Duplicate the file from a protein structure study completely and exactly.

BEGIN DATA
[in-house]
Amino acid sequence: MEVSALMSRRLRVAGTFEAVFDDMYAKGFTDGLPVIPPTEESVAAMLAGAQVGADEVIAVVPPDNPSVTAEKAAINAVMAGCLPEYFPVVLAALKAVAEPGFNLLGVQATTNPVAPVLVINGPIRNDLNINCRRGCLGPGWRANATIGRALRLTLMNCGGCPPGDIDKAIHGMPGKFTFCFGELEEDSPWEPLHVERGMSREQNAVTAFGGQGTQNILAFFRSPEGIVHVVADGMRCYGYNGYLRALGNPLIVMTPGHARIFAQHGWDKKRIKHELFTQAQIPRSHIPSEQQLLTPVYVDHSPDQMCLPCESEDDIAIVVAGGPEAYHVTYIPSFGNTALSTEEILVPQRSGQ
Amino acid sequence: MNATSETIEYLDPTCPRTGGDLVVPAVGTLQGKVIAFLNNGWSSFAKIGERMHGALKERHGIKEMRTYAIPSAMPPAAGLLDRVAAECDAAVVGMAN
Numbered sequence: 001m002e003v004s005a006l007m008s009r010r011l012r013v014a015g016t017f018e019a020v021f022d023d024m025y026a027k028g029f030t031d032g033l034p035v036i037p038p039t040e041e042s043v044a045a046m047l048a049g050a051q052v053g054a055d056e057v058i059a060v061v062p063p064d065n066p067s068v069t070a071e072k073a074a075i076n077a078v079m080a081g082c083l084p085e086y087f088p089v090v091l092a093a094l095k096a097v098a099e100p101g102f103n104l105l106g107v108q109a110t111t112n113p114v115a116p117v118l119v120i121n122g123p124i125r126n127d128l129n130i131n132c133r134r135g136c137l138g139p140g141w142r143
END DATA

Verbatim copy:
[in-house]
Amino acid sequence: MEVSALMSRRLRVAGTFEAVFDDMYAKGFTDGLPVIPPTEESVAAMLAGAQVGADEVIAVVPPDNPSVTAEKAAINAVMAGCLPEYFPVVLAALKAVAEPGFNLLGVQATTNPVAPVLVINGPIRNDLNINCRRGCLGPGWRANATIGRALRLTLMNCGGCPPGDIDKAIHGMPGKFTFCFGELEEDSPWEPLHVERGMSREQNAVTAFGGQGTQNILAFFRSPEGIVHVVADGMRCYGYNGYLRALGNPLIVMTPGHARIFAQHGWDKKRIKHELFTQAQIPRSHIPSEQQLLTPVYVDHSPDQMCLPCESEDDIAIVVAGGPEAYHVTYIPSFGNTALSTEEILVPQRSGQ
Amino acid sequence: MNATSETIEYLDPTCPRTGGDLVVPAVGTLQGKVIAFLNNGWSSFAKIGERMHGALKERHGIKEMRTYAIPSAMPPAAGLLDRVAAECDAAVVGMAN
Numbered sequence: 001m002e003v004s005a006l007m008s009r010r011l012r013v014a015g016t017f018e019a020v021f022d023d024m025y026a027k028g029f030t031d032g033l034p035v036i037p038p039t040e041e042s043v044a045a046m047l048a049g050a051q052v053g054a055d056e057v058i059a060v061v062p063p064d065n066p067s068v069t070a071e072k073a074a075i076n077a078v079m080a081g082c083l084p085e086y087f088p089v090v091l092a093a094l095k096a097v098a099e100p101g102f103n104l105l106g107v108q109a110t111t112n113p114v115a116p117v118l119v120i121n122g123p124i125r126n127d128l129n130i131n132c133r134r135g136c137l138g139p140g141w142r143